One thing that we can do is to set aside some time to contribute to the community of Newton, Connecticut, perhaps financially, but equally importantly by sending cards, notes
Let me share with you just two such examples (See Above)
As importantly, Don’t let them be forgotten by us when the rest of the world forgets about them. While their lives may have been taken by someone else, let’s not forget that the responsibility for perpetuating their memories belongs to us.
So, did the Mayans did get it right? The Jewish answer is yes and no. No, the world did not end yesterday,,but yes, the world as we know it ended last week, with the deaths of all those innocent children and their brave teachers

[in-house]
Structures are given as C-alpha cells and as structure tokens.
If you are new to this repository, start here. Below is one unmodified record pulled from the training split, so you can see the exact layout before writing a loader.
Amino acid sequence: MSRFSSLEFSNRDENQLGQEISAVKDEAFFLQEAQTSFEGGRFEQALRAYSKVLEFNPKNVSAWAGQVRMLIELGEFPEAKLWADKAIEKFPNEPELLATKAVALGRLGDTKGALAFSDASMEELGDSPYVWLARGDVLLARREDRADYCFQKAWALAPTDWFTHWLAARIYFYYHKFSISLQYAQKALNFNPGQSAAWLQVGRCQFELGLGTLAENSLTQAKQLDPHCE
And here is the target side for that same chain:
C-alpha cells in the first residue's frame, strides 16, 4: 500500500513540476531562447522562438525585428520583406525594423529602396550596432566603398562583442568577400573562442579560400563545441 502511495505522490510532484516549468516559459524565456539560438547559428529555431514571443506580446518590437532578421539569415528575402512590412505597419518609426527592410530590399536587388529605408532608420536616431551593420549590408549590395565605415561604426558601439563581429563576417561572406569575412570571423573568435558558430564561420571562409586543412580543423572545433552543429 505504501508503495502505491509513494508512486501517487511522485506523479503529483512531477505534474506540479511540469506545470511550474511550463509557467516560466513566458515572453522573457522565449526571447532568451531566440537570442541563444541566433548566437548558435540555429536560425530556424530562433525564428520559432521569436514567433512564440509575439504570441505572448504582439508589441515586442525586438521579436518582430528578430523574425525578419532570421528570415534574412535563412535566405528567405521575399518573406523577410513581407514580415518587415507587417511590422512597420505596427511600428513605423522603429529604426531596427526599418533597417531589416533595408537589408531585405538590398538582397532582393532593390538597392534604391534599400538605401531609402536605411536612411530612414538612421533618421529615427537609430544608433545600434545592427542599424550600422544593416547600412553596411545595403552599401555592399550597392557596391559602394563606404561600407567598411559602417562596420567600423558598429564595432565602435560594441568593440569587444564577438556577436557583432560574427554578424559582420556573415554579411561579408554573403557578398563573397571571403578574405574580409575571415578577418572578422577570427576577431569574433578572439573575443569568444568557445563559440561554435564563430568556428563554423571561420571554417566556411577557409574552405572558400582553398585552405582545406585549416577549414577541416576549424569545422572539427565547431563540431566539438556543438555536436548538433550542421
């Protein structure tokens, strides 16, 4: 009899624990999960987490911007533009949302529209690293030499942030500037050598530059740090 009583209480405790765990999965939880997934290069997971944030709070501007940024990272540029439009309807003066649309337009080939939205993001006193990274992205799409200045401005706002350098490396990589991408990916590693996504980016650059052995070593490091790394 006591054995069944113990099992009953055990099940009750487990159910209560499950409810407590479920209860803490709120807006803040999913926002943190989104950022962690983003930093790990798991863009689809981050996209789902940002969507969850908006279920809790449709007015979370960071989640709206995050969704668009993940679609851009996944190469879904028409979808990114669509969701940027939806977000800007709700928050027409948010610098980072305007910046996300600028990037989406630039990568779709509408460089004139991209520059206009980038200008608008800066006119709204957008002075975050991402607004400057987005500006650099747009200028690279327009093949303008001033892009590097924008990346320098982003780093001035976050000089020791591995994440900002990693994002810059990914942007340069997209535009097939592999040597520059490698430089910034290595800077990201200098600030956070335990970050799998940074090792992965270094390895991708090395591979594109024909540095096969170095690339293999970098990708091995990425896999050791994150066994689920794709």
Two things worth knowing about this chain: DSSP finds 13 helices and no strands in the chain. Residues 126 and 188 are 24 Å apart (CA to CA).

So, For this shabbat, , We grieve with the parents, grandparents, brothers and sisters of the children, teachers and others who were so senselessly killed.
For this shabbat, , We stand in awe of the teachers, the first – first responders in this crisis, for the amazing strength and courage and yes, sacrifices they made to protect those children.
We thank the first responders who rushed into danger.
I am sure that all of us who are parents hugged our children a little tighter as they went off to school this week, , school, a place where we should be able to send our children with a sense that everything will be safe…
For this shabbat, let’s pledge to support the people of this community in every way we can.
Those who study the Mayans understand that yesterday was really not supposed to be the end of the world, it was just supposed to be the end of one epoch of history and today is the beginning of a new one.
So let today be such a new beginning, a re-visioning of the world where this kind of senseless violence will not happen again.